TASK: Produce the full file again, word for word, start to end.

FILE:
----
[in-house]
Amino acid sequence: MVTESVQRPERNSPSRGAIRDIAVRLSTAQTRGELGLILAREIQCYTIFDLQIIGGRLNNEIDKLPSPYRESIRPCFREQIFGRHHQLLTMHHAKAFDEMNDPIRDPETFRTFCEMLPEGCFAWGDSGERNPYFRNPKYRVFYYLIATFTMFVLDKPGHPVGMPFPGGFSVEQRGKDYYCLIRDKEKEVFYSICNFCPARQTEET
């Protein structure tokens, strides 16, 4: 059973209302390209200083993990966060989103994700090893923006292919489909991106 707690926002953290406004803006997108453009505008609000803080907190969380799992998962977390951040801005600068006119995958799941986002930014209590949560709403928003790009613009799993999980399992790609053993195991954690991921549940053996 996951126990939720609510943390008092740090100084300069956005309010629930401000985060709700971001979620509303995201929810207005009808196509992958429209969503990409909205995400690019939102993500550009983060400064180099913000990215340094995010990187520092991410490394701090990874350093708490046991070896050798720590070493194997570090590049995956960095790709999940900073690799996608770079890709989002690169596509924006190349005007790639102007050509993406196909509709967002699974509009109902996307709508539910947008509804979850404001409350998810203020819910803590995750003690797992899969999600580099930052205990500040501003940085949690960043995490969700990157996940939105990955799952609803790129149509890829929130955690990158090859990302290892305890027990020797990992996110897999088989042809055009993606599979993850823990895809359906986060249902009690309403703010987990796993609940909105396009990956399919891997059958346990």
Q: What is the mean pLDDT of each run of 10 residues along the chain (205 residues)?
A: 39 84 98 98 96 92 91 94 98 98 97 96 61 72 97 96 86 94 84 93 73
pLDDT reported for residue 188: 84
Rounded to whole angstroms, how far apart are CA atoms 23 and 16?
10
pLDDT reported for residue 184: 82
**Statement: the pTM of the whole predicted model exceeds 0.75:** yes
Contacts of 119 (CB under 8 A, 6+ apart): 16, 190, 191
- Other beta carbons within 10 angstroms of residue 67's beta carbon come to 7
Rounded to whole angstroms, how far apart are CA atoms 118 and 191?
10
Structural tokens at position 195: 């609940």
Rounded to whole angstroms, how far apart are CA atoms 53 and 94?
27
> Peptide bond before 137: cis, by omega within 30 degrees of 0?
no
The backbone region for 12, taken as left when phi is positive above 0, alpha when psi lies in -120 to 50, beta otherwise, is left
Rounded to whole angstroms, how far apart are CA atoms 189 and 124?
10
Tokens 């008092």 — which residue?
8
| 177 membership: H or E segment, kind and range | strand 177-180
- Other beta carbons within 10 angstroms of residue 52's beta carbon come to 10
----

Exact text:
[in-house]
Amino acid sequence: MVTESVQRPERNSPSRGAIRDIAVRLSTAQTRGELGLILAREIQCYTIFDLQIIGGRLNNEIDKLPSPYRESIRPCFREQIFGRHHQLLTMHHAKAFDEMNDPIRDPETFRTFCEMLPEGCFAWGDSGERNPYFRNPKYRVFYYLIATFTMFVLDKPGHPVGMPFPGGFSVEQRGKDYYCLIRDKEKEVFYSICNFCPARQTEET
């Protein structure tokens, strides 16, 4: 059973209302390209200083993990966060989103994700090893923006292919489909991106 707690926002953290406004803006997108453009505008609000803080907190969380799992998962977390951040801005600068006119995958799941986002930014209590949560709403928003790009613009799993999980399992790609053993195991954690991921549940053996 996951126990939720609510943390008092740090100084300069956005309010629930401000985060709700971001979620509303995201929810207005009808196509992958429209969503990409909205995400690019939102993500550009983060400064180099913000990215340094995010990187520092991410490394701090990874350093708490046991070896050798720590070493194997570090590049995956960095790709999940900073690799996608770079890709989002690169596509924006190349005007790639102007050509993406196909509709967002699974509009109902996307709508539910947008509804979850404001409350998810203020819910803590995750003690797992899969999600580099930052205990500040501003940085949690960043995490969700990157996940939105990955799952609803790129149509890829929130955690990158090859990302290892305890027990020797990992996110897999088989042809055009993606599979993850823990895809359906986060249902009690309403703010987990796993609940909105396009990956399919891997059958346990």
Q: What is the mean pLDDT of each run of 10 residues along the chain (205 residues)?
A: 39 84 98 98 96 92 91 94 98 98 97 96 61 72 97 96 86 94 84 93 73
pLDDT reported for residue 188: 84
Rounded to whole angstroms, how far apart are CA atoms 23 and 16?
10
pLDDT reported for residue 184: 82
**Statement: the pTM of the whole predicted model exceeds 0.75:** yes
Contacts of 119 (CB under 8 A, 6+ apart): 16, 190, 191
- Other beta carbons within 10 angstroms of residue 67's beta carbon come to 7
Rounded to whole angstroms, how far apart are CA atoms 118 and 191?
10
Structural tokens at position 195: 């609940």
Rounded to whole angstroms, how far apart are CA atoms 53 and 94?
27
> Peptide bond before 137: cis, by omega within 30 degrees of 0?
no
The backbone region for 12, taken as left when phi is positive above 0, alpha when psi lies in -120 to 50, beta otherwise, is left
Rounded to whole angstroms, how far apart are CA atoms 189 and 124?
10
Tokens 């008092």 — which residue?
8
| 177 membership: H or E segment, kind and range | strand 177-180
- Other beta carbons within 10 angstroms of residue 52's beta carbon come to 10